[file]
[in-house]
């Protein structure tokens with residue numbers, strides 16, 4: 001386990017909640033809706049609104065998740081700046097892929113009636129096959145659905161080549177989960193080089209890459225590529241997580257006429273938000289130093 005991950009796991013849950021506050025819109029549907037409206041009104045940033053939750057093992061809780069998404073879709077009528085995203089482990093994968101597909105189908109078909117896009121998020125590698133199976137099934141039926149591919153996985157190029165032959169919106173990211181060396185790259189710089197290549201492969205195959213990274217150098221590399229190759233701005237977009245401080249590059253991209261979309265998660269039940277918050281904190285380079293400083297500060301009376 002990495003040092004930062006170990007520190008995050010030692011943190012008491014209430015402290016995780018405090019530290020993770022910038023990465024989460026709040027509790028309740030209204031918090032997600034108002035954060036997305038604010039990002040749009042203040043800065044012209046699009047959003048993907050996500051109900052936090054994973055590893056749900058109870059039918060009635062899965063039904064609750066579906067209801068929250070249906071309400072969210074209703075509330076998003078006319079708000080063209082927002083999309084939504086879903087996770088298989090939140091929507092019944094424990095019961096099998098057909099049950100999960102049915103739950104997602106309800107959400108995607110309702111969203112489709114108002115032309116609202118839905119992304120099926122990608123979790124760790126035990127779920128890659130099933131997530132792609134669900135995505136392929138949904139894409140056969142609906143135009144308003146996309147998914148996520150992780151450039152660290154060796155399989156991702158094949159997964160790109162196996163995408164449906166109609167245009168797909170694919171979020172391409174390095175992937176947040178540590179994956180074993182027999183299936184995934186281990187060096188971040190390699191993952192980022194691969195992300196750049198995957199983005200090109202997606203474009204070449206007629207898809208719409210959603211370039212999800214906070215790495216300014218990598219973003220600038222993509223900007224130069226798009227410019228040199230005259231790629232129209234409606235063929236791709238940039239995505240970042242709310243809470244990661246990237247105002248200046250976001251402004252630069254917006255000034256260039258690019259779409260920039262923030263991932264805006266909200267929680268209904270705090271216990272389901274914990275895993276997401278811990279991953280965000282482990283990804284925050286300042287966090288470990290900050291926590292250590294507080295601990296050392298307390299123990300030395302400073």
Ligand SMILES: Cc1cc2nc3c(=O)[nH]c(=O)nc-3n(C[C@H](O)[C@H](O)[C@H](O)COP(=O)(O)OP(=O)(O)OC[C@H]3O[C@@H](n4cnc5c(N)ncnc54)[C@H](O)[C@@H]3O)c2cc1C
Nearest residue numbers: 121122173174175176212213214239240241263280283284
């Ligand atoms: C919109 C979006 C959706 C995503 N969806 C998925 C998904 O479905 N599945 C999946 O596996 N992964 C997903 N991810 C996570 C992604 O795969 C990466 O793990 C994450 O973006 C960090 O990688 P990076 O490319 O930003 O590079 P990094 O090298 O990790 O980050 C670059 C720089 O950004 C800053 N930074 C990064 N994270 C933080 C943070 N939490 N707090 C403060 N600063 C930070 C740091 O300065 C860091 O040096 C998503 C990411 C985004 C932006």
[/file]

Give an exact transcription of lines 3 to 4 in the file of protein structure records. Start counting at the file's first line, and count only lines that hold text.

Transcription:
Ligand SMILES: Cc1cc2nc3c(=O)[nH]c(=O)nc-3n(C[C@H](O)[C@H](O)[C@H](O)COP(=O)(O)OP(=O)(O)OC[C@H]3O[C@@H](n4cnc5c(N)ncnc54)[C@H](O)[C@@H]3O)c2cc1C
Nearest residue numbers: 121122173174175176212213214239240241263280283284